Light before the corner, heavy in the corner
Get a few elite riders, build some berms at the bottom of a steep hill, remove the brakes, see who can start highest on the hill without crashing.
DON’T TRY THIS AT HOME! But do watch the GMBN video:
1) It’s fun to watch pro riders be afraid — and yet execute. #onereasontheyarepro
2) You can see this on everyone, but it’s most obvious with Brendan Fairclough. Notice how they get light before the turn then get very heavy — braaap! — in the turn. This gives them traction and control.
This is a smart habit to practice on all turns. This way, when you reach a crazy turn and you can’t use your brakes, the skill is there for you.
A safer version of this challenge is the French turning drill. Find a downhill with a corner at the bottom. The corner should have an uphill exit. See who can coast the highest after the corner. That’s a good indication of exit speed. Feel free to brake.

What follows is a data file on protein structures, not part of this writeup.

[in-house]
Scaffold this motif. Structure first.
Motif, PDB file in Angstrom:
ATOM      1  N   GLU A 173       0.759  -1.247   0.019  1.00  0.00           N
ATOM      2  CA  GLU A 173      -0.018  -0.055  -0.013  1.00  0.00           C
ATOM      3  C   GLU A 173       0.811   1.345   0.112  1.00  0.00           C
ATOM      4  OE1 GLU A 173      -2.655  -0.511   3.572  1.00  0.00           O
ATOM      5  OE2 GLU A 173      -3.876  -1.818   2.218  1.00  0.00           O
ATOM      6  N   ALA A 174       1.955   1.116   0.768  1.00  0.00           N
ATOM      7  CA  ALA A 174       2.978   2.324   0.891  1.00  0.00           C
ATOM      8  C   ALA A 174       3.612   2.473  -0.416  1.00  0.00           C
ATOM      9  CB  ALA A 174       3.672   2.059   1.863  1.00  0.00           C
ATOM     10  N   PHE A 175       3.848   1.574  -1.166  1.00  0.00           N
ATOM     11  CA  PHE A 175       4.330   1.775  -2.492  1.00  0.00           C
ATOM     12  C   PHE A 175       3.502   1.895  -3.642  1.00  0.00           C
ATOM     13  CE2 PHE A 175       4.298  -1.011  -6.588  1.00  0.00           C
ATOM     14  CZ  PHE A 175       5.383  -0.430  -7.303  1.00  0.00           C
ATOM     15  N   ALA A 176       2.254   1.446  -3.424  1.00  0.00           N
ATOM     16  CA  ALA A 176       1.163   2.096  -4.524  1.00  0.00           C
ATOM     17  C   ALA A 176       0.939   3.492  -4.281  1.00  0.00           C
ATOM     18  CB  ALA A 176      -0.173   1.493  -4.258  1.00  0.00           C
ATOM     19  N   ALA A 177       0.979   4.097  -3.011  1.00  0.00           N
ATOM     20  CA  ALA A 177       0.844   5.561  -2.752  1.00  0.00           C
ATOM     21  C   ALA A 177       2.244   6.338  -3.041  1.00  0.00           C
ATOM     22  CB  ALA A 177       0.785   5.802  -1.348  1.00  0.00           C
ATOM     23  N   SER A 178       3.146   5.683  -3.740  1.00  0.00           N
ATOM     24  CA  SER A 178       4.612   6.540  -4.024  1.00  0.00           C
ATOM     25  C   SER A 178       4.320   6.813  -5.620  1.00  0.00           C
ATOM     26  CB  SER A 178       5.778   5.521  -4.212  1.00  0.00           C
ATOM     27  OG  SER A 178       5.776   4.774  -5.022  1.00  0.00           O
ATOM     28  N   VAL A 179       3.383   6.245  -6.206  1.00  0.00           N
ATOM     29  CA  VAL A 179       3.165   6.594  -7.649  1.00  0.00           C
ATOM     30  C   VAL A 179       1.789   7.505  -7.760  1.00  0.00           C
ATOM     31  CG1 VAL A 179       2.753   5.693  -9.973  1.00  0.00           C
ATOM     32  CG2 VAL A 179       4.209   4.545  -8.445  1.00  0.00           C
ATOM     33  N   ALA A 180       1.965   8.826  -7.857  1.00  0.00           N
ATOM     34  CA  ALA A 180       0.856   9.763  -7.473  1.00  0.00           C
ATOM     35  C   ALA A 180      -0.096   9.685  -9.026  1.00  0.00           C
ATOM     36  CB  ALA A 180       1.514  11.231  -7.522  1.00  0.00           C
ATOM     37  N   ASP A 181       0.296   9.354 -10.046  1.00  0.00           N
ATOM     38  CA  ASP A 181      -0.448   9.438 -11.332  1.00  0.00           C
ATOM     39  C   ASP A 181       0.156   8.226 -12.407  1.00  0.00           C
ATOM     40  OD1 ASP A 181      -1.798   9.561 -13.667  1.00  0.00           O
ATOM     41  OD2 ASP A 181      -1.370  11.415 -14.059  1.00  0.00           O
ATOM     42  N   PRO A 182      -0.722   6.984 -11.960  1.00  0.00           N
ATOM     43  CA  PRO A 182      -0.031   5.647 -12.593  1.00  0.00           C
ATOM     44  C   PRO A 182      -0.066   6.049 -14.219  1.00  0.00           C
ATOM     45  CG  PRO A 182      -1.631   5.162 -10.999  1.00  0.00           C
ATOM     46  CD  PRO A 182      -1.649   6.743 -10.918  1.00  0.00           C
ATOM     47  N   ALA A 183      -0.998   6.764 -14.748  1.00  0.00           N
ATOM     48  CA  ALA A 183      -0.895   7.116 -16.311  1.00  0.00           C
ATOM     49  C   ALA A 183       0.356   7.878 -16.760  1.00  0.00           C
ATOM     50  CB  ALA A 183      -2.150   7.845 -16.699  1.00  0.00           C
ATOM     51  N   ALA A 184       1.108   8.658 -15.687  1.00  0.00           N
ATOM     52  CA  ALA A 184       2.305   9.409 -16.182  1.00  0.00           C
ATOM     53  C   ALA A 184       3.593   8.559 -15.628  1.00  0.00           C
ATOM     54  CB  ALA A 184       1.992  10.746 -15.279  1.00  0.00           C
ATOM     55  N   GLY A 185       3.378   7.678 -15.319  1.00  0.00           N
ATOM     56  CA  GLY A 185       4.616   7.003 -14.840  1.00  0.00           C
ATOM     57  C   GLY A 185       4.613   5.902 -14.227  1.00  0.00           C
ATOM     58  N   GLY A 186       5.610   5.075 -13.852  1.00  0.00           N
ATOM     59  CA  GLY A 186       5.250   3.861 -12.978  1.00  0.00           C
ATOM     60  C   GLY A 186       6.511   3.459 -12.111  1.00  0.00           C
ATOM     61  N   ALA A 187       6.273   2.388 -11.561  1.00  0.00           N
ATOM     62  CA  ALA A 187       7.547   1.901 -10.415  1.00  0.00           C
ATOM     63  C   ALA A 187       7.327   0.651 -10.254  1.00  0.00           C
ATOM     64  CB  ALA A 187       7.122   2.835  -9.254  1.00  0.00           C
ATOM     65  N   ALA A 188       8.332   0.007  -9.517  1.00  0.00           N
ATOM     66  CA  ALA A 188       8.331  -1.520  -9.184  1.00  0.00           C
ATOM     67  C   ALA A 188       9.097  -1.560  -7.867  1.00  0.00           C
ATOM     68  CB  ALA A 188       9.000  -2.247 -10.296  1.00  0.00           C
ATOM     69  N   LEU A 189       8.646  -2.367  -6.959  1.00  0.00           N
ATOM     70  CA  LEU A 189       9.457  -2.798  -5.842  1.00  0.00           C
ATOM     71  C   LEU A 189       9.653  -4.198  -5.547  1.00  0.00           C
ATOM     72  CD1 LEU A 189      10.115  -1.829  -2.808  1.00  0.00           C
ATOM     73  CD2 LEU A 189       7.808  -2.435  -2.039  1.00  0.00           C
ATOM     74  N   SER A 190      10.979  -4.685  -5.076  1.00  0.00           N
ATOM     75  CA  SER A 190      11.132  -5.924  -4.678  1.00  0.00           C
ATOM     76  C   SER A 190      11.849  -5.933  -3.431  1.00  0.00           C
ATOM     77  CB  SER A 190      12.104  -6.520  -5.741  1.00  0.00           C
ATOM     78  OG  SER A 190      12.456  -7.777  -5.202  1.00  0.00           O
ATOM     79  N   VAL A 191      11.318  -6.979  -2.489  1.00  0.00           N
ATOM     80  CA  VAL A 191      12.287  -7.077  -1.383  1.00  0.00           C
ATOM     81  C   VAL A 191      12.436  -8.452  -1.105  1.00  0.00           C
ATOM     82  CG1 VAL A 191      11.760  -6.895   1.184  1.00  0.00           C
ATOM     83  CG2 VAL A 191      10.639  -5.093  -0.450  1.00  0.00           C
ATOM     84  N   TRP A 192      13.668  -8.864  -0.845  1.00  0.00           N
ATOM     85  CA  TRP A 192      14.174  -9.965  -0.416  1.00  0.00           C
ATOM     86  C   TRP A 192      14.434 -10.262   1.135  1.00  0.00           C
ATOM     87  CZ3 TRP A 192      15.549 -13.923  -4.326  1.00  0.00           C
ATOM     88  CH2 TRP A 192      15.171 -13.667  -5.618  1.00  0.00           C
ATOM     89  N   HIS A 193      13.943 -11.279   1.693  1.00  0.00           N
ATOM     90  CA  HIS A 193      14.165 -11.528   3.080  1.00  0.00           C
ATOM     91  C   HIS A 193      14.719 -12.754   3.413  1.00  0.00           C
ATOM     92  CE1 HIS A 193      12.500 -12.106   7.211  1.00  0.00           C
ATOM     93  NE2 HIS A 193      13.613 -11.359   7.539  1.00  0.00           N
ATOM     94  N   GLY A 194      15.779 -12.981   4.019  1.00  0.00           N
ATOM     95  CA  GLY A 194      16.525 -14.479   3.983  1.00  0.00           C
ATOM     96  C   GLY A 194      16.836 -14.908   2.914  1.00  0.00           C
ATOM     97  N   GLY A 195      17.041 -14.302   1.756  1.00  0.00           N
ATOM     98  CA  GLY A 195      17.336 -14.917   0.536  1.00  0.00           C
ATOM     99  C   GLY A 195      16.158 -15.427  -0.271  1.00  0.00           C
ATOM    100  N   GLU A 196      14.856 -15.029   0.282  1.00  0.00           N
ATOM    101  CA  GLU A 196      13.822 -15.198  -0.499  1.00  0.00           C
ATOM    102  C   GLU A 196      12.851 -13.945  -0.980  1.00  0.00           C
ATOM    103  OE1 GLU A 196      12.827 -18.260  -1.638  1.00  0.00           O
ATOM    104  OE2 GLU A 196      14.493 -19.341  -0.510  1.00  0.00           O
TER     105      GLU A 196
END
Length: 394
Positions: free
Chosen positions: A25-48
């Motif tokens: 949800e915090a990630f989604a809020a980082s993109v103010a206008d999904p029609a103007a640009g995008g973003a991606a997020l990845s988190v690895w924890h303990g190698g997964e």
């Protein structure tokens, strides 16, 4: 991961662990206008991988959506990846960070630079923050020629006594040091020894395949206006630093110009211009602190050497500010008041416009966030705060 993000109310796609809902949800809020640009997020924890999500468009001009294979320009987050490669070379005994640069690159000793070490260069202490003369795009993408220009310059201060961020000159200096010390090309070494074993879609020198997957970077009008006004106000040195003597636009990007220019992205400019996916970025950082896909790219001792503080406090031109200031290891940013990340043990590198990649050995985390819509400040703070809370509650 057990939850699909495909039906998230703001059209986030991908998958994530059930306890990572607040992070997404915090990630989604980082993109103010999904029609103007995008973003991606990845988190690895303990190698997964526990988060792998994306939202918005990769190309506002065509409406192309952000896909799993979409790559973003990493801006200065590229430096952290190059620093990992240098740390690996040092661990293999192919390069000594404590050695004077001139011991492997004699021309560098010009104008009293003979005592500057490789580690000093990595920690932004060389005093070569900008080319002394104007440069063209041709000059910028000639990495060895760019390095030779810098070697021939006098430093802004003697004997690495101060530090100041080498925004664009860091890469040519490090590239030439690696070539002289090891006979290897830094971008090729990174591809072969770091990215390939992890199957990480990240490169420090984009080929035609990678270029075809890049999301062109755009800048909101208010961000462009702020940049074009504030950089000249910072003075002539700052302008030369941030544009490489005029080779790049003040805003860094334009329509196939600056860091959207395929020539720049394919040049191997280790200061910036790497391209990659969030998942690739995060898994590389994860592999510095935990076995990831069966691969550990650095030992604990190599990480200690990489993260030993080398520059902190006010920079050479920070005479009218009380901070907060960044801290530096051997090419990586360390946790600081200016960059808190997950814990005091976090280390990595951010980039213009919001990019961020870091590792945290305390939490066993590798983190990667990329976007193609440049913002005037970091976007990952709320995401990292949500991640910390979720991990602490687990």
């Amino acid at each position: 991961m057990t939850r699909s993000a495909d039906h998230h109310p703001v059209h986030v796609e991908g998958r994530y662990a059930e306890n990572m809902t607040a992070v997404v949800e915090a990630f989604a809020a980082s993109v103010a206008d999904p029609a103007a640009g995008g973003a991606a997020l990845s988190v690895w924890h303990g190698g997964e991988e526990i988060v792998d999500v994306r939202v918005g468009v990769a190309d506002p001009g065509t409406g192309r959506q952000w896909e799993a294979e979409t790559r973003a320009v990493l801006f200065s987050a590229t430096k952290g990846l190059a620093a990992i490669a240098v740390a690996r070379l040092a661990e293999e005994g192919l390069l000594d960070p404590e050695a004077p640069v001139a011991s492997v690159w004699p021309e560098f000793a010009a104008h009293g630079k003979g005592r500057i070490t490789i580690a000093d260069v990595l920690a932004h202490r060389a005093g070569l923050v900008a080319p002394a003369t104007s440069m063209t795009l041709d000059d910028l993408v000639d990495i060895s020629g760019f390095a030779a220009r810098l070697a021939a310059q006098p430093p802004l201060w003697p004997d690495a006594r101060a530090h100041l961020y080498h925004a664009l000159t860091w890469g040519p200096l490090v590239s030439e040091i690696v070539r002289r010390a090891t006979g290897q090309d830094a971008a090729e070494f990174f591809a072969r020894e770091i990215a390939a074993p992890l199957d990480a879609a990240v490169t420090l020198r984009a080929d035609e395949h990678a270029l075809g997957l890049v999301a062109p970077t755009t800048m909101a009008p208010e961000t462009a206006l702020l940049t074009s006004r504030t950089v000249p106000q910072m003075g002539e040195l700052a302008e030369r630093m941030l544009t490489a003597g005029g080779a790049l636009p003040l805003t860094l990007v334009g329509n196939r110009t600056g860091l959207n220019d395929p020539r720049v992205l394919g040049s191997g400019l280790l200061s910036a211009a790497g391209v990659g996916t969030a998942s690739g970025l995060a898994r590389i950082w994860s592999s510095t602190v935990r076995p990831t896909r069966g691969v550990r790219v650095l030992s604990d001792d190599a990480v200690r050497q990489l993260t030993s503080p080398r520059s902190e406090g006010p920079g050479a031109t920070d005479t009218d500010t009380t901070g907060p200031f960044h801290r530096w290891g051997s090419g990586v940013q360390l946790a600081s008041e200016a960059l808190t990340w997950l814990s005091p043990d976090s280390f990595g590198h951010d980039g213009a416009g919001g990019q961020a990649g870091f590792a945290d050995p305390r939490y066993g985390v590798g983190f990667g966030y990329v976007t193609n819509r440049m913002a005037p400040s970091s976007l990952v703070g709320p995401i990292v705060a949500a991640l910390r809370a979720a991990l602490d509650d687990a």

What do you think?
The bottom of corkscrew at Valmont would be a good place to practice this because you do have an uphill turn there.
I few of use have tried this on these turns to see how far we can get. We only get around 70 feet which is around the 5/6 min in the video as the bikes wont hold in the exit and you just slide out (without consciously using the light/heavy). All of us are half decent riders who have raced dh but it puts it in perspective how good these guys are compared to normal riders. Will try the light/heavy and let you know.
Anne: That’s a great idea — and that’s a tricky turn!
” it puts it in perspective how good these guys are compared to normal riders.”
Please keep us posted.
quick update. took about a hour of practice mostly to get the timing correct as I was either to quick with the heavy or not committed. Made it up to about the 95-100 area Two things there is a difference between the natural g-force of the corner and actively being heavy and light and keeping the bike on a vertical plan when turning so not moving the bike forward or back until exiting the corner. The big difference is that it was fear that stopped me not skills
There is a powerful difference between the trail doing something to you and you intentionally doing something to the trail. The latter is way better.